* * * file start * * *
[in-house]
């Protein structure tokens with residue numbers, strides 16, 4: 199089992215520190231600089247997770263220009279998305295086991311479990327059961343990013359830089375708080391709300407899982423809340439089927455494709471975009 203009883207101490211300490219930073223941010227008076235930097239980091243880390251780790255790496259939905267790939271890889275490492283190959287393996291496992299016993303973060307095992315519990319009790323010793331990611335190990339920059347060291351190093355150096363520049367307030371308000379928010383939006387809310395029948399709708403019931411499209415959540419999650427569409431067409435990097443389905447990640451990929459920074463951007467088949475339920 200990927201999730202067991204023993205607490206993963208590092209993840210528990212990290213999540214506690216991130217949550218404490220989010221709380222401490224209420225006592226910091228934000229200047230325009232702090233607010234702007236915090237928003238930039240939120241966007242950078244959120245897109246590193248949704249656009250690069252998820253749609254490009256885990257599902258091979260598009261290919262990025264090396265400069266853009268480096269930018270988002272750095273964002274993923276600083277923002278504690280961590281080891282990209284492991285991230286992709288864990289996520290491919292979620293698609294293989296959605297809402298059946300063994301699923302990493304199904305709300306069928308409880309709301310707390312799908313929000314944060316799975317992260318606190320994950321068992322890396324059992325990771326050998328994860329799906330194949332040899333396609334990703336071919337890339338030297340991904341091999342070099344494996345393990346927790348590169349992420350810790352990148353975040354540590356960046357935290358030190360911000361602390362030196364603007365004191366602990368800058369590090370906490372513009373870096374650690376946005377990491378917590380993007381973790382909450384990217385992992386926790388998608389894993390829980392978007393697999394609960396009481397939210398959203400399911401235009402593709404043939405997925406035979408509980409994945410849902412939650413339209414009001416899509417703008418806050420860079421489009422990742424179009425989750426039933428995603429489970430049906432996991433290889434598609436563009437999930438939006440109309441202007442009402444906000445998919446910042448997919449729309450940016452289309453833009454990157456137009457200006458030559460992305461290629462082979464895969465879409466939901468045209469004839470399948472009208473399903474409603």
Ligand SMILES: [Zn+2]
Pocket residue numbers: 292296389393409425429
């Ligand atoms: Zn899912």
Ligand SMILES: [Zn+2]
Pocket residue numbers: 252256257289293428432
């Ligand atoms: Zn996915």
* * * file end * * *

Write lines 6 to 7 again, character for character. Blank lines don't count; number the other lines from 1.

Ligand SMILES: [Zn+2]
Pocket residue numbers: 252256257289293428432